After getting punched in the mouth for 72 holes at Winged Foot, the PGA Tour returns to action at a much more relaxing setting for the Corales Puntacana Resort & Club Championship at the Corales Golf Club in the Dominican Republic.
Here’s everything to know about the golf course before placing a single wager on it.
Corales Puntacana Resort & Club Championship:
At long last, the PGA Tour gets a little bit of a breather a torrid four month stretch. Unsurprisingly, almost all the top players in the world are taking a much needed week off, meaning that the field for this week’s Corales Puntacana Resort & Club Championship is woefully weak.
The most accomplished player in the field this week is Henrik Stenson, who must either have a time share somewhere in the Domincan or have some sort of sponsorship arrangement with the resort. I can’t really think of a reason why a player of his caliber would be playing this week, but he’s definitely the biggest name in the field.
Overall, though, this field is full of either middling PGA Tour players, aging players trying to hang on or young and emerging players looking to make a big splash. One of these young guns is Will Zalatoris, who is coming off a fantastic season on the Korn Ferry Tour and just finished T5 at the U.S. Open. Zalatoris might be the golfer most impacted by COVID (non-medical reasons) this season because no player from the Korn Ferry Tour was eligible to graduate. Zalatoris was well on his way to earning a PGA Tour card, but he still has an opportunity to gain temporary membership with a good finish this week.
Other notables in the field this week include Corey Conners, Mackenzie Hughes, Emiliano Grillo, Will Gordon, Charley Hoffman, Kyle Stanley and Branden Grace.
For the full field list, click here.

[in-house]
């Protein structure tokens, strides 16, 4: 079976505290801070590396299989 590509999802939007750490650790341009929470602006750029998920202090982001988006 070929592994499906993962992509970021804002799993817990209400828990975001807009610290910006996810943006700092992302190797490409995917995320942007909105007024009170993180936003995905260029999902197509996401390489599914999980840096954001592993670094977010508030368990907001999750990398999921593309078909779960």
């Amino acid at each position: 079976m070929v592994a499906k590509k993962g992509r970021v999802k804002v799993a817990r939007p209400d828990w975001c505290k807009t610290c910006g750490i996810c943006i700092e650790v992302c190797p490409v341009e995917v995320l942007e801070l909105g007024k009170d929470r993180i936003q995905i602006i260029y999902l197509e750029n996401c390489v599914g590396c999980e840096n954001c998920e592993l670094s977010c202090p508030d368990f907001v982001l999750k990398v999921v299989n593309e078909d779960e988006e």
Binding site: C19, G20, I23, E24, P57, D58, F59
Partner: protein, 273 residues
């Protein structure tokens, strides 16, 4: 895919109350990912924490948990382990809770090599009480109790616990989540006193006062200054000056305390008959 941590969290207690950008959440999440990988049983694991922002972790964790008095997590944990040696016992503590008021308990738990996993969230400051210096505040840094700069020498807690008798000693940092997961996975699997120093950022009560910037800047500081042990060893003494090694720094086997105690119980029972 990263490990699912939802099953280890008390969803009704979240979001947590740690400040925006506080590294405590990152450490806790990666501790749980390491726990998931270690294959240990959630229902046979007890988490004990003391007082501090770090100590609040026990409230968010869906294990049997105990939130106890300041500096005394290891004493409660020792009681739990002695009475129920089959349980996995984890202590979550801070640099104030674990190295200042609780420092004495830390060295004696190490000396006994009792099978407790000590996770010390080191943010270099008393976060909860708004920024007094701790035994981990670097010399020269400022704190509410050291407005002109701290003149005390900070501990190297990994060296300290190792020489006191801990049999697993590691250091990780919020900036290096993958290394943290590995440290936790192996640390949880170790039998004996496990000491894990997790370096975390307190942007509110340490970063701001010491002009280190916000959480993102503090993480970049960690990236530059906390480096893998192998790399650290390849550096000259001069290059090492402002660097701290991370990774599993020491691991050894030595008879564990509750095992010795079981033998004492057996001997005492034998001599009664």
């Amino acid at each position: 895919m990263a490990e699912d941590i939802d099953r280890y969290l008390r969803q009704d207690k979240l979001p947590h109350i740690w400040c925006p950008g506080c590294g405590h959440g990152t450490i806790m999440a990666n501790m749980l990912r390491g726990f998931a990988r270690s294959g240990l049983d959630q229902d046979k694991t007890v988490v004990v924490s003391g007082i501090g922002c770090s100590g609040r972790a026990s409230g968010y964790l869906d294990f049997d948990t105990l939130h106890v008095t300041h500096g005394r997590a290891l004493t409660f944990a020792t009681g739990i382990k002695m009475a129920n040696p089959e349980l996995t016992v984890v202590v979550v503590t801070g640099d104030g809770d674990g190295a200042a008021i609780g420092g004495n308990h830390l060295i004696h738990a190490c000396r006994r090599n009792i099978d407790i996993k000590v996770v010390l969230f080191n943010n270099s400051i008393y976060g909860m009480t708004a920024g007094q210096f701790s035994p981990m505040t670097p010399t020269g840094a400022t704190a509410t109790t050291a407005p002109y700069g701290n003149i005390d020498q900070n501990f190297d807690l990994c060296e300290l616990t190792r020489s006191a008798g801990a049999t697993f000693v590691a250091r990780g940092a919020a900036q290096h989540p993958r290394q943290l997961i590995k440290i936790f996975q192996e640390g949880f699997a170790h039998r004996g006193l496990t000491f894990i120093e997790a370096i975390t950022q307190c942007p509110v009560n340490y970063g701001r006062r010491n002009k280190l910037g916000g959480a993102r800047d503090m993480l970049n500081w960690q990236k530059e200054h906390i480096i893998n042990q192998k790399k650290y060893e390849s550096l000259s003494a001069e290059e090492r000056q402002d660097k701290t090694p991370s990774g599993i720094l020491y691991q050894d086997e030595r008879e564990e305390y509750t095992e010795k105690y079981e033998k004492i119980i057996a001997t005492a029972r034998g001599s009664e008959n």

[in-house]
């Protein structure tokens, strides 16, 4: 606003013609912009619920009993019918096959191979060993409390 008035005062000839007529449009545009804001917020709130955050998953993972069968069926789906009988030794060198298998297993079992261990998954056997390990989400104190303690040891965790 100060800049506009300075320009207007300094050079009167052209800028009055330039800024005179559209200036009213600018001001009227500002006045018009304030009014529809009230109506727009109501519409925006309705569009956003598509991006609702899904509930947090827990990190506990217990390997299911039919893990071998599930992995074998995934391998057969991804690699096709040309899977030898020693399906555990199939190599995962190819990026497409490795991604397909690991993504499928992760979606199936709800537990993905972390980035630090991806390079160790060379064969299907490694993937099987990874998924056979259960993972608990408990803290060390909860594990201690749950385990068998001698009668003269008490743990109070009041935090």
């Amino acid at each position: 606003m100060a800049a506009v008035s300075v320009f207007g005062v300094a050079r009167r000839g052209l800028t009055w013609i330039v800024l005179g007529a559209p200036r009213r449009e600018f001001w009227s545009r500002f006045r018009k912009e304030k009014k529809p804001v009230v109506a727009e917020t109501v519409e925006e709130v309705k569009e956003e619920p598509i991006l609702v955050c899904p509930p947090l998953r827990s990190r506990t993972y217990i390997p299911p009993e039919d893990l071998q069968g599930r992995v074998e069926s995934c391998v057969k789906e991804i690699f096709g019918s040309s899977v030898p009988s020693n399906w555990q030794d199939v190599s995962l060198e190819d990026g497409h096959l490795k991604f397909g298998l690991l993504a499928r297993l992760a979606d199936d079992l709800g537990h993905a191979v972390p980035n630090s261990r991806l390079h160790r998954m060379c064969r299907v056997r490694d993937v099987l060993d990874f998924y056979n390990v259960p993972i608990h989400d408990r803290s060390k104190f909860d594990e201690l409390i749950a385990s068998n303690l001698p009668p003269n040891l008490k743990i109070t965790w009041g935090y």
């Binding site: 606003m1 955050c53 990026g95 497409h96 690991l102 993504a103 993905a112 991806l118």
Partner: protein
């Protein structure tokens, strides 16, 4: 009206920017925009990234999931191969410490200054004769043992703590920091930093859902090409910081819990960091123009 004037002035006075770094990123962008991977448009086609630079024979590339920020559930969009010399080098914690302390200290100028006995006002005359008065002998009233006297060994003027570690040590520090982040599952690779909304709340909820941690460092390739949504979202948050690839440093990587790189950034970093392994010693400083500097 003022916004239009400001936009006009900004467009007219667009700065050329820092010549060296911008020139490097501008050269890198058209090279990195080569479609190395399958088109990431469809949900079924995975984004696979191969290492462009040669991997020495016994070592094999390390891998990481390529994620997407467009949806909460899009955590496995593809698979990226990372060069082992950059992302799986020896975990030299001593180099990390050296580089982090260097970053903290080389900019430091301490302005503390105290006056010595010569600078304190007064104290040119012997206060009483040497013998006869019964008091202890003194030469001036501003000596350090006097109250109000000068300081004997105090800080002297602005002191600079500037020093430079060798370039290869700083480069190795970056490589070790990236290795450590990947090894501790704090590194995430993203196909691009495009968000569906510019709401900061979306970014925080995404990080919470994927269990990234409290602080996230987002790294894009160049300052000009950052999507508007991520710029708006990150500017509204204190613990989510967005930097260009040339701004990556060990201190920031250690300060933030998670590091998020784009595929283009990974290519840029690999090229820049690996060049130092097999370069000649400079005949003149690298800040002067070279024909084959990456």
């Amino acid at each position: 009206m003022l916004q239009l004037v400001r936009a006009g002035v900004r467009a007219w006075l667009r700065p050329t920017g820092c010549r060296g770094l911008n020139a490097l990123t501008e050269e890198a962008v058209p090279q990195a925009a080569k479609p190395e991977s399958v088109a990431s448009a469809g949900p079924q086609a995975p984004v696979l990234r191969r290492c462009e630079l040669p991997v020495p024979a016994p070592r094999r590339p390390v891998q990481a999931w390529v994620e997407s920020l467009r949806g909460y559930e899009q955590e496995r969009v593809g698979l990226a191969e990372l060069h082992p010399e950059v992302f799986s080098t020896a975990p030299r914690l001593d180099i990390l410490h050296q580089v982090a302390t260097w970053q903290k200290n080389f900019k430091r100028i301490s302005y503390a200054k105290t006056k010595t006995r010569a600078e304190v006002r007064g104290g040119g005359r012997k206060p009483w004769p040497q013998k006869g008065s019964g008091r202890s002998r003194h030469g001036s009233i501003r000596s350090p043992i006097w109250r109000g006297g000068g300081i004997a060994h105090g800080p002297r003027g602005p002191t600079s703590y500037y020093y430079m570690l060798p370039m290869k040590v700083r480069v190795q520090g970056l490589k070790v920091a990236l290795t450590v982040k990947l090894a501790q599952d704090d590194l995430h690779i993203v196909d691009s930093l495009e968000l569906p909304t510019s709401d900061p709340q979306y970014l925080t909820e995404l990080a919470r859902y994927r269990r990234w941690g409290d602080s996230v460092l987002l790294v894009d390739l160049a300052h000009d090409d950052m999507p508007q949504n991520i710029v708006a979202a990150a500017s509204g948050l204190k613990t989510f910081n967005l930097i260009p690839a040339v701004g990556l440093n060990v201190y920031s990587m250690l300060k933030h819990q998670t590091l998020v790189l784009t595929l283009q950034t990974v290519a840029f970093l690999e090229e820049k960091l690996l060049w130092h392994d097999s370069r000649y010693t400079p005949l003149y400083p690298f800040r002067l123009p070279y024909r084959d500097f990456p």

The Golf Course
The Corales Golf Club is one of the most exclusive golf clubs in the world and was founded in 2006. The private club in the Dominican Republic’s founding members include the likes of Mikhail Baryshnikov, Julio Inglesis and the 42nd United States President Bill Clinton. But the golf course at the club wasn’t completed until 2010, when famed architect Tom Fazio completed his work to create an 18 hole track along the rocky coastline of the eastern shore of the island:
The front nine begins along the coast and weaves its way around the northern end of the property. This side of the golf course is the most exposed to the prevailing wind off the ocean. Players will enjoy a tail wind from holes 2 through four, but then have to play back into the wind from holes 5 through 7. The players will then have to contend with a challenging cross wind on their final two holes on the front nine.
The back nine then moves inland into the surrounding mangrove forests and quarries and offers a little protection from the coastal winds. After emerging from the Par 4 15th (which features two green complexes), the players will face the “Devil’s Elbow”, named for its tee-to-green shape and its exposure to the coastal winds. The finale of the Devil’s Elbow requires a forced carry of the water, to the fairway, which while challenging for an amateur is fairly easy for almost all the pros in this week’s field.